Mobile banking is slowly but surely gathering pace in most European countries, according to a new report from research firm Forrester published today.
Latest figures show that 20% of European consumers use such services provided by their banks, with SMS alerts still dominant as a form of mobile banking. However, the use of apps is increasing, making it a fast-growing trend in most countries.
Consumers rely on mobile banking for a number of services, most often to check their balance, to transfer cash between their accounts and to check whether transactions have been successful. More than one in three consumers who have a mobile banking app use it to transfer money between accounts and nearly a quarter of them have sent cash to their family or friends.
The overall proportion of consumers who use such apps at present reaches 5%, the report finds. Mobile banking apps are most common in Sweden and France, with 14% and 8% respectively using them, whereas UK consumers lag behind, with adoption at a modest 2%, mainly due to banks failing to provide apps.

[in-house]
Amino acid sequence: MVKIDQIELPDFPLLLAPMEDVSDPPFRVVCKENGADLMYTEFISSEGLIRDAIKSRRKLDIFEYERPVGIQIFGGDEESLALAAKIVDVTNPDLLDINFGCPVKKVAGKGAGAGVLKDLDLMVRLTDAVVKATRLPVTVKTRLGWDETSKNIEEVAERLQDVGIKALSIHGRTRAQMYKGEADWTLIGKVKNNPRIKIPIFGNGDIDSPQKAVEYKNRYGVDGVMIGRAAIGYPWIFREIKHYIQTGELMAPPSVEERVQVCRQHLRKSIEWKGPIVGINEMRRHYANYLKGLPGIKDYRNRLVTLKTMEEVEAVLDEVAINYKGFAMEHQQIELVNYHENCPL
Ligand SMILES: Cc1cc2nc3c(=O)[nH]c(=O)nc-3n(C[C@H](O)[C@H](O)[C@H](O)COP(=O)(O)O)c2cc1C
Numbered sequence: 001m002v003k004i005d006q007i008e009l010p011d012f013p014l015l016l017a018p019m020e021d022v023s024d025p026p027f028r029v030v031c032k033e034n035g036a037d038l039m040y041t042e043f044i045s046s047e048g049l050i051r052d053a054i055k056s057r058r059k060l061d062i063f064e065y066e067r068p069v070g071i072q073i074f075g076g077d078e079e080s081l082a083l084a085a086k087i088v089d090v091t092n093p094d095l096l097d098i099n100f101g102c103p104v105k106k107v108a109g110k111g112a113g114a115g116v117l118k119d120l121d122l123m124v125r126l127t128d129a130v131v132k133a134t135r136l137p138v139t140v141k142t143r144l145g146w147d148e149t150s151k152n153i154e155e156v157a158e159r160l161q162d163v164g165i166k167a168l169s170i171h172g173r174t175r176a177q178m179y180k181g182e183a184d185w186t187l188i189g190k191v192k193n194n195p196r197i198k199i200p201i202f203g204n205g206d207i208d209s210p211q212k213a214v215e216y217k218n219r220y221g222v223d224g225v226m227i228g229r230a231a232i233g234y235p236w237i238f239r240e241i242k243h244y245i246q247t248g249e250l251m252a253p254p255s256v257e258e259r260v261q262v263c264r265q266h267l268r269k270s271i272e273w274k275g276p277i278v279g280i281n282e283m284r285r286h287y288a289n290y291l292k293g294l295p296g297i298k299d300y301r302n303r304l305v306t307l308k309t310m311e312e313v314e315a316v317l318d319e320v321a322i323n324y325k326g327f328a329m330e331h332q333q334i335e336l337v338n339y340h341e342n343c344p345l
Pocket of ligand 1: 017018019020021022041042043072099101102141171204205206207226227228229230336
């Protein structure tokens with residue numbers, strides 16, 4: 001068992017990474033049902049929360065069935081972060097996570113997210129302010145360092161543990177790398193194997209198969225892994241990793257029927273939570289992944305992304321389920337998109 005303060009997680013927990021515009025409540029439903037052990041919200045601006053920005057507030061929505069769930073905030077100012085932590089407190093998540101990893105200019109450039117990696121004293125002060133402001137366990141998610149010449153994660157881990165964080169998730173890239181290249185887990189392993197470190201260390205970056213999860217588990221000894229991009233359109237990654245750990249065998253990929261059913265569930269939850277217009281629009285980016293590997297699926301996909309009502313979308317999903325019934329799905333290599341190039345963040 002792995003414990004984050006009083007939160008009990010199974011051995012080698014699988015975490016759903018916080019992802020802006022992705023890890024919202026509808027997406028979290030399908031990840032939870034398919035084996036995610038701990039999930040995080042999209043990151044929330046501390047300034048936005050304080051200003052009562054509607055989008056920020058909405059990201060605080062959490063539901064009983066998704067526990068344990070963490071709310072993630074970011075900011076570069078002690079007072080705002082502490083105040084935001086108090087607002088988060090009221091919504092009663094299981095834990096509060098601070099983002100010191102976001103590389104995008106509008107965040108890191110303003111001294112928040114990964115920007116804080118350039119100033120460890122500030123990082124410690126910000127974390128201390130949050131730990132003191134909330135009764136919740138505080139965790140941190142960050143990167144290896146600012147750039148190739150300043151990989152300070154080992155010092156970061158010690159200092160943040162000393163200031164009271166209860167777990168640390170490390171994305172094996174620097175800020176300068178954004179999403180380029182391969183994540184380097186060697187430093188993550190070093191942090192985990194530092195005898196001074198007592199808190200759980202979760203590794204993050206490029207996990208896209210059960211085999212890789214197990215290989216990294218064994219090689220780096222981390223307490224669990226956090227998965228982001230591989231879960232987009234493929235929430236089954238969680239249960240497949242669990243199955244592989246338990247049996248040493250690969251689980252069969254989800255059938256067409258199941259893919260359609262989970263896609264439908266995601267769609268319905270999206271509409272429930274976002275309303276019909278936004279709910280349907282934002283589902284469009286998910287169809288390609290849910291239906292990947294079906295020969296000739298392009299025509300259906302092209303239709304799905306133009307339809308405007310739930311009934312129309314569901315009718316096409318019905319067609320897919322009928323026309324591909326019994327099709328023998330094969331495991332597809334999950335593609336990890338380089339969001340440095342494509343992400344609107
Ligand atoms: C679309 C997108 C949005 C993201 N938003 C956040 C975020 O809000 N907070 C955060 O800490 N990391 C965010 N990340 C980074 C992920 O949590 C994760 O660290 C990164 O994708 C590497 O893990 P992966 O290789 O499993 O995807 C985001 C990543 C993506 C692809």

According to Benjamin Ensor, author of the research report, mobile banking is the most important development in banking for many decades. Increasing adoption of the new banking channel is likely to cause a major shift in the banking industry, Forrester notes. Banks will have to implement new strategies to ensure convenient transactions, while maintaining security at the highest possible level.